Danielle Kourtesis is the Music and Outreach Manager for Rooftop Films; look for a few final SXSW posts from her over the coming days, and then we promise not to talk about it anymore — until next year.
After breakfast in a small downtown diner, where I overheard some record executives speaking enthusiastically, if somewhat confusedly, about Twitter, I walked over to the Red Eyed Fly to catch the end of Imaad Wasif’s set. Just voice and guitar, Imaad played to an intimate crowd of about sixty attentive audience members. The Los Angeles-based artist has a brooding, effeminate voice that juxtaposes nicely against his more rough, and distorted guitar sound. Though I only caught the tail end of his set, he was certainly one of the highlights of the day.
Next stop was the Red House Pizzeria, about twenty blocks from the crowds of downtown and 6th Street. The venue had a great yard and patio, and though it was crowded, it was a much more chilled out and friendly than the downtown clubs. I caught the Phenomenal Handclap Band, Norway’s Casio Kids, and Au Revoir Simone — they played songs off their new album, which is set to come out in May.
In the early evening I headed to the somewhat notorious Levi’s Fader Fort to see Tricky. Though the lines were crazy for this venue all weekend, I arrived during an off moment and was lucky to get my wristband right away. In order to get into the Fader Fort, you have to walk through the Levi’s store, but as far as I could tell, no one wanted to be in there and no one was buying anything. Inside there were free drinks, a blogger’s lounge, an East Village Radio booth, and a huge stage area. Tricky put on an energetic show and took pictures with the crowd after his set.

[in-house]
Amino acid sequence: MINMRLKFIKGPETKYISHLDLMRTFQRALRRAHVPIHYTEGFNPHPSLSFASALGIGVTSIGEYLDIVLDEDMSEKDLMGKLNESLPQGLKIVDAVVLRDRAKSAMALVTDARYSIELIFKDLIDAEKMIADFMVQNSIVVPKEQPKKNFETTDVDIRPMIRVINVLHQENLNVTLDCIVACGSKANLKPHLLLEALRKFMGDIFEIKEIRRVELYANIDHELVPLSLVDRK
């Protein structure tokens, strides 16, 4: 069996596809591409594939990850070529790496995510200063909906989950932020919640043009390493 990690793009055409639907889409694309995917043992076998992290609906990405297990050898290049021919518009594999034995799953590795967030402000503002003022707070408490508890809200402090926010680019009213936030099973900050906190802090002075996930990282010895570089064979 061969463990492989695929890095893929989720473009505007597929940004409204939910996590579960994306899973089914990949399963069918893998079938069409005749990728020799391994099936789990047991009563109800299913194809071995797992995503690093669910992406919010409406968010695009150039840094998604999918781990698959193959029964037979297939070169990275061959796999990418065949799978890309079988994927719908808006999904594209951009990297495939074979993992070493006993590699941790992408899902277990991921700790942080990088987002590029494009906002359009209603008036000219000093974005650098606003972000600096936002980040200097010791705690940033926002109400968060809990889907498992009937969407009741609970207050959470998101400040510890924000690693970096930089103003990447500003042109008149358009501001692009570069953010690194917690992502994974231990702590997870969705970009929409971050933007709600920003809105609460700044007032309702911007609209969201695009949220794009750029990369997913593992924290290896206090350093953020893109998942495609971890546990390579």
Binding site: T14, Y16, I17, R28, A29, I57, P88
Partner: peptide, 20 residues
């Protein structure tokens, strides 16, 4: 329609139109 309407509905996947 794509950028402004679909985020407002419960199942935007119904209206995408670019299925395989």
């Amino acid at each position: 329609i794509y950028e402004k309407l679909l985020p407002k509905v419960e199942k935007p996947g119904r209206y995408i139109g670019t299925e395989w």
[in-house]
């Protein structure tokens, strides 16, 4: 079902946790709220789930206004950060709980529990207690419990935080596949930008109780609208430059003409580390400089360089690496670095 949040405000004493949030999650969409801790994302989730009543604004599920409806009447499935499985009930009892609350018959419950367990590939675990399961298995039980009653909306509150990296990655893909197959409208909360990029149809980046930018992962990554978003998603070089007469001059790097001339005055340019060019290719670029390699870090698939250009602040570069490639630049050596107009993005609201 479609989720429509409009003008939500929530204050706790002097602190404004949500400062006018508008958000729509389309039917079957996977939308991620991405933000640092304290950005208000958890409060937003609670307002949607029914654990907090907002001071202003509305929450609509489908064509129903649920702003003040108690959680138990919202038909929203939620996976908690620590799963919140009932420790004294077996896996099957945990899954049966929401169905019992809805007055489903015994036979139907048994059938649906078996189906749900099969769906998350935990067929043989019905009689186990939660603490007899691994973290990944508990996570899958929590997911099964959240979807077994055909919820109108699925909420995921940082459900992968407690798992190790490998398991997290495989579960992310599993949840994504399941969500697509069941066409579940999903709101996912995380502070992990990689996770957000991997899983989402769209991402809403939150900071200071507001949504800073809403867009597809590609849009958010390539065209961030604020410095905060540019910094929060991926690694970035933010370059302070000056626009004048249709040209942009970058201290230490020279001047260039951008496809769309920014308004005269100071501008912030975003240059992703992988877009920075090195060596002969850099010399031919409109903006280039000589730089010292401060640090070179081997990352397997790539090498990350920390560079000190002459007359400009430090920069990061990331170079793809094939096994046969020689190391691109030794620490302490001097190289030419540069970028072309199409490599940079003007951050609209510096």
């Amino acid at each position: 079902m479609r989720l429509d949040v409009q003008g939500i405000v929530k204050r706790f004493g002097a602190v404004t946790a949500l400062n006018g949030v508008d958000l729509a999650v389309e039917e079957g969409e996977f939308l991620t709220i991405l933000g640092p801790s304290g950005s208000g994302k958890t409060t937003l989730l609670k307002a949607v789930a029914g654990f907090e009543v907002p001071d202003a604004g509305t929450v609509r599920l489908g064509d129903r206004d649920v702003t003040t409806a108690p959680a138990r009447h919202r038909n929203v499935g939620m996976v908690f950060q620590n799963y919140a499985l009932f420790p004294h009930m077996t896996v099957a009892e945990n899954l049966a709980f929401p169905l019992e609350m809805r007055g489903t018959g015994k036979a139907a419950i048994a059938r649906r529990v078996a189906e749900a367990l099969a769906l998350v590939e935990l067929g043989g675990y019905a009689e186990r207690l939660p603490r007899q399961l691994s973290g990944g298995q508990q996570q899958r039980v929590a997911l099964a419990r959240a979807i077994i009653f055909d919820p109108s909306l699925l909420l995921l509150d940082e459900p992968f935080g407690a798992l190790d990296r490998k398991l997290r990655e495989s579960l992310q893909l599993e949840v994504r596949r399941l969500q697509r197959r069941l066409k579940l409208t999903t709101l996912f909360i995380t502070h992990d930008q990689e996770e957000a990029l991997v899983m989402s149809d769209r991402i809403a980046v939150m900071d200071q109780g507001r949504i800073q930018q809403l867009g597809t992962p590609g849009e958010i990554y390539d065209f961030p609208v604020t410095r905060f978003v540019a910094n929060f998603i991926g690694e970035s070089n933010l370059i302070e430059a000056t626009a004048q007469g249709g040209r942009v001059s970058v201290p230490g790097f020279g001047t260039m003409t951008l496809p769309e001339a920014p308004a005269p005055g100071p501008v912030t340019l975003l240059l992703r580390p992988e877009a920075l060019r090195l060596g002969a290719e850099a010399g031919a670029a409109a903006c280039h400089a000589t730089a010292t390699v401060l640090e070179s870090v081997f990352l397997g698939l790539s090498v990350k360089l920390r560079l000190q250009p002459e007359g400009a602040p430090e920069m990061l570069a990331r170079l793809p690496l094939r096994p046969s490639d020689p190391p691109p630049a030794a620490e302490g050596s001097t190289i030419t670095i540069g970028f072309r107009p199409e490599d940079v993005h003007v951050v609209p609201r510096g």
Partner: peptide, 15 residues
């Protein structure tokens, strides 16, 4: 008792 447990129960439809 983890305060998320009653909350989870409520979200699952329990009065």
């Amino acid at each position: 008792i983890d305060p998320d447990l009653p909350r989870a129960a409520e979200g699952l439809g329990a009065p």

My last stop of the night was at Todd P’s Acoustic Barbecue, which was just a few blocks from the Fader Fort. The DIY atmosphere couldn’t have been more different. Todd P’s free all-ages show was in the dusty parking lot of Ms. Bea’s bar, and everyone was sitting in the dirt. It was relaxed and no frills, like a campfire sing-a-long, in a good way. Todd mentioned several times that no one had to participate in “that other festival down the street” and that there were Showpapers available for people who wanted to check out the inexpensive, all-ages shows in Austin that week.